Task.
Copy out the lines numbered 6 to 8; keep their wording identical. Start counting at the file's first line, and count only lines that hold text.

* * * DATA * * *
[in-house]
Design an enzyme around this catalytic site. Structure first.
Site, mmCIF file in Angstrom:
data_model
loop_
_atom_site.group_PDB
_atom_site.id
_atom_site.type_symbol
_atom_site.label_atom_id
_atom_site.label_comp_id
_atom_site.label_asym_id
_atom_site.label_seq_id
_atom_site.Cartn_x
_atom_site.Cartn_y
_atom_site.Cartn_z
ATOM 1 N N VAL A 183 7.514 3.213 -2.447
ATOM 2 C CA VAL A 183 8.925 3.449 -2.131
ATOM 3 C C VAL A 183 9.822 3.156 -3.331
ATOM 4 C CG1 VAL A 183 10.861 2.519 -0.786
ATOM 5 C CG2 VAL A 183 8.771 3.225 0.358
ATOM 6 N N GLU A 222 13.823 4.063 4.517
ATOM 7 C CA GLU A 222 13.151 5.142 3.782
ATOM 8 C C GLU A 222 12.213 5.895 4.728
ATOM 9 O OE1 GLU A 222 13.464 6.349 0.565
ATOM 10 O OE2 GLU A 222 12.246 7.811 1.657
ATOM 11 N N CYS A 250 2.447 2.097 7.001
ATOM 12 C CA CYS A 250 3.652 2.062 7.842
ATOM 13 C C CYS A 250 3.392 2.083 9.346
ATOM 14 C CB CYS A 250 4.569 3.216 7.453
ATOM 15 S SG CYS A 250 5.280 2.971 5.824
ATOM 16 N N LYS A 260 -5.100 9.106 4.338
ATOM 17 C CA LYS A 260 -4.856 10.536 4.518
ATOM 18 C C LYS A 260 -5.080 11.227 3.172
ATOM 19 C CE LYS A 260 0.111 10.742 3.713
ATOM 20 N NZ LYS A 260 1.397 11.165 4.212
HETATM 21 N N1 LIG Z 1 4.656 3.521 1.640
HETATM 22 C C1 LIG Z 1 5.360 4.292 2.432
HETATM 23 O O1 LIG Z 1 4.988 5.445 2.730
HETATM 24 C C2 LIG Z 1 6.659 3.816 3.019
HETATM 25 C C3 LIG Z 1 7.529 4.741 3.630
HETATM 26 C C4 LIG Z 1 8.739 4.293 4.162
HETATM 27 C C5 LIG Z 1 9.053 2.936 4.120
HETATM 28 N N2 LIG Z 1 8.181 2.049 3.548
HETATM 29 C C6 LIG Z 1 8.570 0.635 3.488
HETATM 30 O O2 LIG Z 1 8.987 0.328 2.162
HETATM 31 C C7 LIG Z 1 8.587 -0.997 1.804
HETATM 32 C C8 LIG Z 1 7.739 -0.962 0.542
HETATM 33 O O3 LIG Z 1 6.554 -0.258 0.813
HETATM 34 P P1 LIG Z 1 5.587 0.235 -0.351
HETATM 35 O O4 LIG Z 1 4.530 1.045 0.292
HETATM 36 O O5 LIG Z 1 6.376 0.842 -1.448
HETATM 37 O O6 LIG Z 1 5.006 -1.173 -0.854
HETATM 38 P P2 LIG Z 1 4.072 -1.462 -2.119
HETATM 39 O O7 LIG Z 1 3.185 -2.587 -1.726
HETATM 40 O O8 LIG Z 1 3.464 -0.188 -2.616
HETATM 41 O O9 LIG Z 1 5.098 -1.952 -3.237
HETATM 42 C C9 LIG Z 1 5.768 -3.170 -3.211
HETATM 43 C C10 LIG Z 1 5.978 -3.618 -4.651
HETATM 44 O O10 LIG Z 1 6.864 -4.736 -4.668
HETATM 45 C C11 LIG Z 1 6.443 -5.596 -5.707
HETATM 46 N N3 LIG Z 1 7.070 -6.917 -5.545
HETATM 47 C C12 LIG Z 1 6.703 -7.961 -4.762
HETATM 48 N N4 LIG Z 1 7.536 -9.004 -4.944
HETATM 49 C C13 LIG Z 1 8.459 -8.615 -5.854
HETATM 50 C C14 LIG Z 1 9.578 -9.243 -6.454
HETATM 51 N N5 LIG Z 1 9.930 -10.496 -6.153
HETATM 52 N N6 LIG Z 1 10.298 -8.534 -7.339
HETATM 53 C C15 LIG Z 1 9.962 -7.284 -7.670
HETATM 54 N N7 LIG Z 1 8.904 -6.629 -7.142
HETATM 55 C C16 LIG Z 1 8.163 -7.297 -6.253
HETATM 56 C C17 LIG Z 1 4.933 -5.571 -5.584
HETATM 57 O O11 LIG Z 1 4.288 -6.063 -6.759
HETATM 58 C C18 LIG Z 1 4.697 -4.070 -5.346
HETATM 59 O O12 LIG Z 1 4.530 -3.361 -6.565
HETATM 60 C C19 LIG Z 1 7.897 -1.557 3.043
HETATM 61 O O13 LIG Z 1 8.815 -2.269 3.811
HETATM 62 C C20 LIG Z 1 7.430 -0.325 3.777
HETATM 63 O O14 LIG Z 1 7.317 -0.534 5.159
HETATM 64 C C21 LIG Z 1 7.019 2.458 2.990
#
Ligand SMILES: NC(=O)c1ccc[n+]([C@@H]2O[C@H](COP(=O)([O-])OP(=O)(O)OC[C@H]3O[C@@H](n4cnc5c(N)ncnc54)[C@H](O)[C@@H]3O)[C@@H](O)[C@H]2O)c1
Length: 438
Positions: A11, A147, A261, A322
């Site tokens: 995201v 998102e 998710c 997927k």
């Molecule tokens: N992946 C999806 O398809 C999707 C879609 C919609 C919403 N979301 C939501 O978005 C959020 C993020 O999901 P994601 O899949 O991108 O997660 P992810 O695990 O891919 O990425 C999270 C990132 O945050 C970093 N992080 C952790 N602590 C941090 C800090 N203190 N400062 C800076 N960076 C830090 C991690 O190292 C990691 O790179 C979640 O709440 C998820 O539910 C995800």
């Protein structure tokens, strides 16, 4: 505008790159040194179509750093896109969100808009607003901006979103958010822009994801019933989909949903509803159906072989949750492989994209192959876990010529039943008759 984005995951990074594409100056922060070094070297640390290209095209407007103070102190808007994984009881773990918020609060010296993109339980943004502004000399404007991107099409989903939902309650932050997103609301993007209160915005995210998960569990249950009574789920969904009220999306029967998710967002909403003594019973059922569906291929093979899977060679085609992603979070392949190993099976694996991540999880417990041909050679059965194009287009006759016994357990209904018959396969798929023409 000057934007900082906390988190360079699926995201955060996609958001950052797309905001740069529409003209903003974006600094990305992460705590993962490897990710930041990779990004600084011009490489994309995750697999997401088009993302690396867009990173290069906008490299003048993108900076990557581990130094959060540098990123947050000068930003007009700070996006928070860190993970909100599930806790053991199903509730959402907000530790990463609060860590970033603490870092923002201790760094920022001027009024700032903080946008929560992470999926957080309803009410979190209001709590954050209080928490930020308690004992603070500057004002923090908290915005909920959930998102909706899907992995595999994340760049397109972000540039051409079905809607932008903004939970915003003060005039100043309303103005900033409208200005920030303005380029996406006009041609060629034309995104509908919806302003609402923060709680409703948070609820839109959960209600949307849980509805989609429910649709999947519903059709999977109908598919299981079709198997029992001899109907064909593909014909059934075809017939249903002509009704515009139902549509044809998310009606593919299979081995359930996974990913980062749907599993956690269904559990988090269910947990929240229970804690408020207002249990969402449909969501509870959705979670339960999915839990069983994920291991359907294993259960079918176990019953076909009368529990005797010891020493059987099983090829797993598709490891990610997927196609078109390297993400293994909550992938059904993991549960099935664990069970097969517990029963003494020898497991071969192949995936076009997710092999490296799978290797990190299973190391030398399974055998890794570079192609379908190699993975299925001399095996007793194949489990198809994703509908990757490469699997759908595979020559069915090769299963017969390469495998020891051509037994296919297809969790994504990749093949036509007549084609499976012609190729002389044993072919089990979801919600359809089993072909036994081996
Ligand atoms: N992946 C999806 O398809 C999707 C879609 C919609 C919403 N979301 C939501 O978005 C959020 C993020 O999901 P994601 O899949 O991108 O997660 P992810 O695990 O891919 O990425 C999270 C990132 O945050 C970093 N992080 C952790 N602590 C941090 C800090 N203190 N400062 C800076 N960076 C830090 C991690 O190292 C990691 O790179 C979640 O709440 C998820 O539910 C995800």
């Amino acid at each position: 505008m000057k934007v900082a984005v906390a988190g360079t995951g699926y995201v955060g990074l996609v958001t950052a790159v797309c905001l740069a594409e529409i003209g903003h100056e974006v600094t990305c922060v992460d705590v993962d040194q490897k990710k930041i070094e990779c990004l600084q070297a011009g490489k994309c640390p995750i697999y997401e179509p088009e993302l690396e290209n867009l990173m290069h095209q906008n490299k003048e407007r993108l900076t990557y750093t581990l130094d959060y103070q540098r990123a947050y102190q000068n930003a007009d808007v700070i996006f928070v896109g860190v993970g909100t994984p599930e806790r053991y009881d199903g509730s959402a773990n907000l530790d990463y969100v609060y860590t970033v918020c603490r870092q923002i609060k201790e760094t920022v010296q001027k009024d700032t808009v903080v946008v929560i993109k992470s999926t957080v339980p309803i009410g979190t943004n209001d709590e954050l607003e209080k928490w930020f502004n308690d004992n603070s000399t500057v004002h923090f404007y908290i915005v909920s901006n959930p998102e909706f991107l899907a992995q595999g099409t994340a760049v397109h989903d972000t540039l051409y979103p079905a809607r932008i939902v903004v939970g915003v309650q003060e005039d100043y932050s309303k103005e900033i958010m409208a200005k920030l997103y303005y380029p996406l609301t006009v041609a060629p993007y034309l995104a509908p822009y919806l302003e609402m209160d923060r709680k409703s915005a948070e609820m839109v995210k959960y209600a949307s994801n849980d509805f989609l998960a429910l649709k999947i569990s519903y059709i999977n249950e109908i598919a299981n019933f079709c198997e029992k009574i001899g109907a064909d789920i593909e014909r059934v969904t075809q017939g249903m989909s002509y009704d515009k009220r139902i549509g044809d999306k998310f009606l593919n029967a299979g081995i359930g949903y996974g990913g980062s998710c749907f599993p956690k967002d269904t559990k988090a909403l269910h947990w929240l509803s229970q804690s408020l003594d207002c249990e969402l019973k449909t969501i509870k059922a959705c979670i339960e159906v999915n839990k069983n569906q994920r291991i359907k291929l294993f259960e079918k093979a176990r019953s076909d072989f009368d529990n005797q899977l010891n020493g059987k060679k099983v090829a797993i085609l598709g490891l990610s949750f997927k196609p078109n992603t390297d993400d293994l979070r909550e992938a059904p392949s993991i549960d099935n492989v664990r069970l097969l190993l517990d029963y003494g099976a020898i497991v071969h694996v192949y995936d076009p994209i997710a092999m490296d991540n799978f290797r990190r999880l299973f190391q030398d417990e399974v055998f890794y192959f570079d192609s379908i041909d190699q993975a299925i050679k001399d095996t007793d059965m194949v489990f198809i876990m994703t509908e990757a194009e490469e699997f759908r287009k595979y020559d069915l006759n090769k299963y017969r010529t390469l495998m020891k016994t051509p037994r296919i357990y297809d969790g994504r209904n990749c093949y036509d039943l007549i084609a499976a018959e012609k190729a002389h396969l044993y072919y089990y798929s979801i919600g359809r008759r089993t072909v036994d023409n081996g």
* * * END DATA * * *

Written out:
_atom_site.group_PDB
_atom_site.id
_atom_site.type_symbol